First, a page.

With so many varieties from which to choose, you can easily find a salvia that will grow anywhere in zones 5 through 10. Texas sage (​Salvia coccinea​), for example, grows as a perennial in zones 9 and 10. You can still grow this variety in colder areas but treat it as an annual plant if you do. The lovely May Night salvia cultivar (​Salvia sylvestris​ 'May Night') will survive as a perennial in zones 4 through 9, making it a good choice for Northern gardeners.

If you want a perennial plant but aren't sure which salvias work best in your area, visit your local garden center rather than ordering plants or seeds online. A local nursery will know what type of salvia grows best in your area and isn't likely to carry plants that perform poorly in your region.

When Should You Plant Salvia?

Salvia is best planted in the spring after the danger of frost has passed. Getting salvia in the ground quickly gives it ample time to establish itself before cold weather sets in. If you've selected a salvia plant to grow as an annual, you can plant at any time in the spring or summer. Just make sure to keep a close eye on your salvia's water intake if you plant during the summer heat. Your plants may need a little more water than they would if they were planted in the spring.

Soil, Sunlight and Water Recommendations for Salvia

Salvias prefer a neutral to slightly acidic soil but aren't that particular. Some varieties will tolerate a bit of shade, but most prefer full sun and do quite well in the heat, needing only about an inch of water a week.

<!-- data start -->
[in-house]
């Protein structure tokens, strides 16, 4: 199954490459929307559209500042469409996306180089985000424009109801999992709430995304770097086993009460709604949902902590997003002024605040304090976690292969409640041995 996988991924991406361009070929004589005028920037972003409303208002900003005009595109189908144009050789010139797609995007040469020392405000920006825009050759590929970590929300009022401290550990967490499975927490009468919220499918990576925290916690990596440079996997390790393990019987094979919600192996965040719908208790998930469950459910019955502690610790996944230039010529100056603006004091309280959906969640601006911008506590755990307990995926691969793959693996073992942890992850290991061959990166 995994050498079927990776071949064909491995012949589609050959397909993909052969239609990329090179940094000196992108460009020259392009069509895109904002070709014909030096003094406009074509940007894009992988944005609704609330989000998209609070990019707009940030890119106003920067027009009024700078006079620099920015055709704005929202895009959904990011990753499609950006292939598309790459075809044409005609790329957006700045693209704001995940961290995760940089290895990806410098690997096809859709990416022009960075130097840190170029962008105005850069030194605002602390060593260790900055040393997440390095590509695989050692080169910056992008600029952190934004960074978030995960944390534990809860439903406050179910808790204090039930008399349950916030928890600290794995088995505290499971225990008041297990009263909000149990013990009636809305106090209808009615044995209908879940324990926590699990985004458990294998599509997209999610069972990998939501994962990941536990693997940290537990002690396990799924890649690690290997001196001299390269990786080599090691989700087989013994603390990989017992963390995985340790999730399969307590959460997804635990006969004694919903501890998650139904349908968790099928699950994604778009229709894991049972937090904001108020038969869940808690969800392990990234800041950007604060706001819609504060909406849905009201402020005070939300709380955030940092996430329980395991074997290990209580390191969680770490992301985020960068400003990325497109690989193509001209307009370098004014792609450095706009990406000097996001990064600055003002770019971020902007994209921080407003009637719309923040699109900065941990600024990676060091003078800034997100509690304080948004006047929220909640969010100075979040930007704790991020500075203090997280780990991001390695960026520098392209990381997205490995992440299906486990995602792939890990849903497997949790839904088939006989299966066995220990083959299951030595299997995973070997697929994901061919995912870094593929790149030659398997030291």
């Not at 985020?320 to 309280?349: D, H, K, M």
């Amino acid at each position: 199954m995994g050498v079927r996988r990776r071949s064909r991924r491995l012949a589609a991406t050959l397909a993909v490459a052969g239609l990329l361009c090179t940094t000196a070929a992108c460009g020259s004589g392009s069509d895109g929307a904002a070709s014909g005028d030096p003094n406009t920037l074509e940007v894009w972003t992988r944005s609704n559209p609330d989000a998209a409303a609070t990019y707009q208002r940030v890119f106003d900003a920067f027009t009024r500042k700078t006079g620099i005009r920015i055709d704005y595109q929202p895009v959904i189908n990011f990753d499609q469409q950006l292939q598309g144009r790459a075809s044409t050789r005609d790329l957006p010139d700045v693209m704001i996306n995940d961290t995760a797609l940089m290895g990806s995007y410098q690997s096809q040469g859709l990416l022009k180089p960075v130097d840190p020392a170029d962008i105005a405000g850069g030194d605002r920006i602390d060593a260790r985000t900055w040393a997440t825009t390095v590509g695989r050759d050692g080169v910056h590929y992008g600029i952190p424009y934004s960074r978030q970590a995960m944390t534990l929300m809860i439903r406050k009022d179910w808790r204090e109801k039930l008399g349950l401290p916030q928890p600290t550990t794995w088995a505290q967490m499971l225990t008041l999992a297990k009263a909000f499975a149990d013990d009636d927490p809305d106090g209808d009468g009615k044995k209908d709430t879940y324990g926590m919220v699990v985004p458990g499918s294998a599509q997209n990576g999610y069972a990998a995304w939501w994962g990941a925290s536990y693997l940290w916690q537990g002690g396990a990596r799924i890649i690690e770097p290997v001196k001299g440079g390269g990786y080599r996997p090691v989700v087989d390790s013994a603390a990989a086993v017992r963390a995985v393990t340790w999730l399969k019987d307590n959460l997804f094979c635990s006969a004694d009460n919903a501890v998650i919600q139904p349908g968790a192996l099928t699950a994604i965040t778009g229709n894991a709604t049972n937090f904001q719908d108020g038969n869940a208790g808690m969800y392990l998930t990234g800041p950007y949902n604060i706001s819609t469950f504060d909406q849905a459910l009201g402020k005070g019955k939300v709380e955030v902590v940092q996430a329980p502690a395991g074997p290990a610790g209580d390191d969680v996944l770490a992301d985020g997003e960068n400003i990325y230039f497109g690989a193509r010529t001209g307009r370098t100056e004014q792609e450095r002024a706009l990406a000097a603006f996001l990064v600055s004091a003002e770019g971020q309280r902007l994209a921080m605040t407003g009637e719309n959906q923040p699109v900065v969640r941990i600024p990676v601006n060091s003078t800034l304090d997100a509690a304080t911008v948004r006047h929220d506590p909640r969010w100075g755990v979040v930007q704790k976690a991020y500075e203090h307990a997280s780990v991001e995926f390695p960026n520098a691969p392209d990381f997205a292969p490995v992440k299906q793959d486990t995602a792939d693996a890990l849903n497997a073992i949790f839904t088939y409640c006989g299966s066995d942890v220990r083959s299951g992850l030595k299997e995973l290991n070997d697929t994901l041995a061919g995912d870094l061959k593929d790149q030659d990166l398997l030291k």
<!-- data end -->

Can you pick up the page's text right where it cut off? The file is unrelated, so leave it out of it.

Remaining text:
Salvias are light feeders and often require no fertilization at all. If you feel your plants are underperforming, however, you can feed your plants a balanced fertilizer once during the spring just after new growth appears. Keep granular fertilizers away from the stem and crown of the plant to avoid chemical burns.

Deadheading spent blossoms will encourage your salvia to produce more blooms. If you like, however, you can leave the spent flowers on the plant in the fall so you can collect seeds or allow birds to feed on them during the winter months.

If you're not leaving the seeds for the birds, cut back your salvia plant to 1 or 2 inches above the soil after the frost kills them. You can also prune away any woody stems you find whenever you notice them.

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How to Propagate Salvia

After flowering, the blossoms on the salvia plant drop seeds to resow themselves. Instead of letting the seeds fall where they like, you can collect and save them. Each tiny, trumpet-shaped flower holds a seed within it, so you'll need to pluck them from the plant and roll them between your thumb and forefinger to remove the chaff and claim the seed. Keep your seeds in a cool, dry place until planting season comes around again, and you can sow them.

You can also propagate salvia through cutting or division. Cut a nonflowering side stem off the plant that is about 4 inches long. Do this in late fall so you can root and overwinter your cutting inside to have a strong plant next spring.